DISCUSSION

The findings confirm the presence of defining characteristics (CDs) related to NANDA-International's ineffective breastfeeding diagnosis.

The comparison between the prevalence of CDs found in this study and in other studies, needs to be done carefuly. From the four characteristics incorporated into the logistic regression model, it is possible to verify the prevalences were different from those found during the first postpartum day(4) and in later appointments in the Family Health Strategy(5). Such evidence is relevant for the contextualized interpretation of the data and the consequent application of the results of diagnostic research in the field of care and diagnostic accuracy.

Therefore, it is relevant to understand the role of temporal circumstance in the identification of a clinical indicator. In a study performed with binomials in joint housing, the inability to seize the aoreola-nipple region (previously termed the Infant's inability of seizing the areola-nipple region correctly) had a decreasing occurrence between the first and fourth days after delivery(4). Thus, the influence of the moment at which the clinical indicator is evaluated would be adjusted, pointing to a probable temporal dynamics in the characterization of ineffective breastfeeding diagnosis. This article presents results related to the evaluation of the binomial performed within the first 48 hours after delivery and, as such, should have its contribution limited to this time interval.

It is also difficult to state the real explanatory reasons for the differences in the prevalence of the diagnosis of ineffective breastfeeding of 58.9% found in the study compared to 64% and 80.2% found in other studies(4-5). Among the explanatory possibilities: issues inherent to the diagnosis (different operational definitions for the defining characteristics and different criteria for the diagnostic decision), questions inherent to the diagnosist (different levels of expertise in the area and diagnosis), issues inherent to the participants (different characteristics of the different programs, protocols and programs of professional action, different systems of social-family support). It is understood that all these aspects require rigor and caution to ensure only the comparison between clearly aligned studies.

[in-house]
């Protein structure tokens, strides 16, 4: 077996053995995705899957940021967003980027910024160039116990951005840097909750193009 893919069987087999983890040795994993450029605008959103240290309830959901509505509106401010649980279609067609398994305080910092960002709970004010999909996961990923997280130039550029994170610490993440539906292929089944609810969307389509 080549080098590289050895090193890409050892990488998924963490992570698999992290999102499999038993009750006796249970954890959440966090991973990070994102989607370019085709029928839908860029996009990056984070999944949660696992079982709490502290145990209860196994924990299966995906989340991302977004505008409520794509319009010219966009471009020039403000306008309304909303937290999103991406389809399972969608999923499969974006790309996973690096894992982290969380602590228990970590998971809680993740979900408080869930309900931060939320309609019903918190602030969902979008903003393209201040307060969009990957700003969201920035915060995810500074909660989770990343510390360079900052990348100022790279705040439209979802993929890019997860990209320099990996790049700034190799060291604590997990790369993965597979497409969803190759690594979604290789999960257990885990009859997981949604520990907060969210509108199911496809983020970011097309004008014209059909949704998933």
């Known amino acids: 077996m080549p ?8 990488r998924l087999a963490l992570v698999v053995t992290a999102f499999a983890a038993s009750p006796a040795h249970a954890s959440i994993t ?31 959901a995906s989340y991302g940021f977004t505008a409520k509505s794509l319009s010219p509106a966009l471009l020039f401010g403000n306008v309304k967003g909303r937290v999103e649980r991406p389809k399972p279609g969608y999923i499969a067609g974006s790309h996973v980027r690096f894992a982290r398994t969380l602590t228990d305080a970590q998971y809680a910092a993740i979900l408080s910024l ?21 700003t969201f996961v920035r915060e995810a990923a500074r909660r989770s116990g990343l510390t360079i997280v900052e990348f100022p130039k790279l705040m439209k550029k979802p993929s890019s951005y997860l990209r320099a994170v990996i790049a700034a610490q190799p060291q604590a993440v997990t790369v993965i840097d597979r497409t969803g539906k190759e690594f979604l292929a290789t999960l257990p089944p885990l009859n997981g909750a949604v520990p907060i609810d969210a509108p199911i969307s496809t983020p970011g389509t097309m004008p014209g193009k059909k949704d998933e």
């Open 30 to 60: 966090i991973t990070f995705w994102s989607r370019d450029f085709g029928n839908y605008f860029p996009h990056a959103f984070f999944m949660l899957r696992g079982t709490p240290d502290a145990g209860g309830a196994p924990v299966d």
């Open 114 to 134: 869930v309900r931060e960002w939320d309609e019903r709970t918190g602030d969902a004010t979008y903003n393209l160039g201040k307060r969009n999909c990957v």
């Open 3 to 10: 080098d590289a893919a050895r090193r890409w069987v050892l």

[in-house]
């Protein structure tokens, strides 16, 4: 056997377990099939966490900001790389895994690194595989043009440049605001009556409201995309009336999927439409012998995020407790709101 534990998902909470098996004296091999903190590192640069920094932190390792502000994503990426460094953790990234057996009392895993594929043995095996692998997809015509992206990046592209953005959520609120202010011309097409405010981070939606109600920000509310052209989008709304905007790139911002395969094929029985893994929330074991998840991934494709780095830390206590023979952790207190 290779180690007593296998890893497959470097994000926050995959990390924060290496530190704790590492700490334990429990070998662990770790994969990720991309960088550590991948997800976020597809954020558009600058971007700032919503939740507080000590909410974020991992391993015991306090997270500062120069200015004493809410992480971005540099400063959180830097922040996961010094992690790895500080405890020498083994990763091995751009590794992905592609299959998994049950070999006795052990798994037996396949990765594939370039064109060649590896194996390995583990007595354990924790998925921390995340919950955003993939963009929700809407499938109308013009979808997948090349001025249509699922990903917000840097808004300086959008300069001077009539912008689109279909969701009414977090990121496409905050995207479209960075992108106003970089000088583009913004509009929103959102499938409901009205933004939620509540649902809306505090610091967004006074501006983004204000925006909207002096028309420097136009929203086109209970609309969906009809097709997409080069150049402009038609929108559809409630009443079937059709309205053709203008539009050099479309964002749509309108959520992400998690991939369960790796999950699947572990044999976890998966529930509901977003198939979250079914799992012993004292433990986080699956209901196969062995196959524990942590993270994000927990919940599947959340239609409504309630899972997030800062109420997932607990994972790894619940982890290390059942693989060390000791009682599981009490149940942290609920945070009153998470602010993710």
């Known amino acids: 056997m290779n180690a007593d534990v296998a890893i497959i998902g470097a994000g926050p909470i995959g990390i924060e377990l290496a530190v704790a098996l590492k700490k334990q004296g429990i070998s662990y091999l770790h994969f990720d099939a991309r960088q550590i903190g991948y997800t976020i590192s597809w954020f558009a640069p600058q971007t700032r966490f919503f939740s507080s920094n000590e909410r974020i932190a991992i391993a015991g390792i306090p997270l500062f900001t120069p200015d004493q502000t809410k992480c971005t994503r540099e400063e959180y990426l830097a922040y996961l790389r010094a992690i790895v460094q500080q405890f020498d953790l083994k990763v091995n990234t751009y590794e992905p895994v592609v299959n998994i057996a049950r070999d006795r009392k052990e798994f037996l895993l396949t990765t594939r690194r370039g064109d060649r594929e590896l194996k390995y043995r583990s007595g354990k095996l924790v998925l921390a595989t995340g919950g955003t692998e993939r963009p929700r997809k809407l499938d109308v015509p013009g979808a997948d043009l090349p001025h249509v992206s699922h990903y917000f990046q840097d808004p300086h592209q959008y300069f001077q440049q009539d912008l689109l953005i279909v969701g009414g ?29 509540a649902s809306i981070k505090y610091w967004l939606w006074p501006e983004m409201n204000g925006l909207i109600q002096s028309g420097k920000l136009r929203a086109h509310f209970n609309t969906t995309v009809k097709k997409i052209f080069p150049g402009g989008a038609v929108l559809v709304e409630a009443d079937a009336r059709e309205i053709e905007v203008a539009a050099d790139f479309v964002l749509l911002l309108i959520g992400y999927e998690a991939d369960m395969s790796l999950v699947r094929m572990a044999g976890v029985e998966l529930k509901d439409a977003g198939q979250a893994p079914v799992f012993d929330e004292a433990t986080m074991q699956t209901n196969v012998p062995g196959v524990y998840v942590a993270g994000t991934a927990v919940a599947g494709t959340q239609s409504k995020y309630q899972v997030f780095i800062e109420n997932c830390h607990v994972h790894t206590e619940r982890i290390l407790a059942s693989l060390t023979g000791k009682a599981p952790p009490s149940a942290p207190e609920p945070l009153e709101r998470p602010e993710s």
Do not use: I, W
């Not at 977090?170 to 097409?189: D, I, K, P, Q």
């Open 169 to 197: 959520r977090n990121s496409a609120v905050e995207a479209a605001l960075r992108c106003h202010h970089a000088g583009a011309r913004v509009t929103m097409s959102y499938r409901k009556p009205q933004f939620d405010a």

Logistic regression demonstrated that four defining characteristics were better in a prediction model or explanation of the occurrence of ineffective breastfeeding in nursing evaluations within 48 hours postpartum. However, statistics can only measure aspects related to numbers, and it is up to researchers to judge their clinical reasonableness. Thus, the analysis of explanations and relations will be carried out in the interests of better sustaining the statistical model.

Discontinuance of breast suction is due to the fact that some infants can not adequately seize the areola or can not hold the grab. This event can happen because the baby is not well positioned, does not open his mouth enough, or may be exposed to the bottle and / or pacifier, or the child may not properly pick up the breast because they are very tense, engorged, or the nipples are inverted or flat(2,9).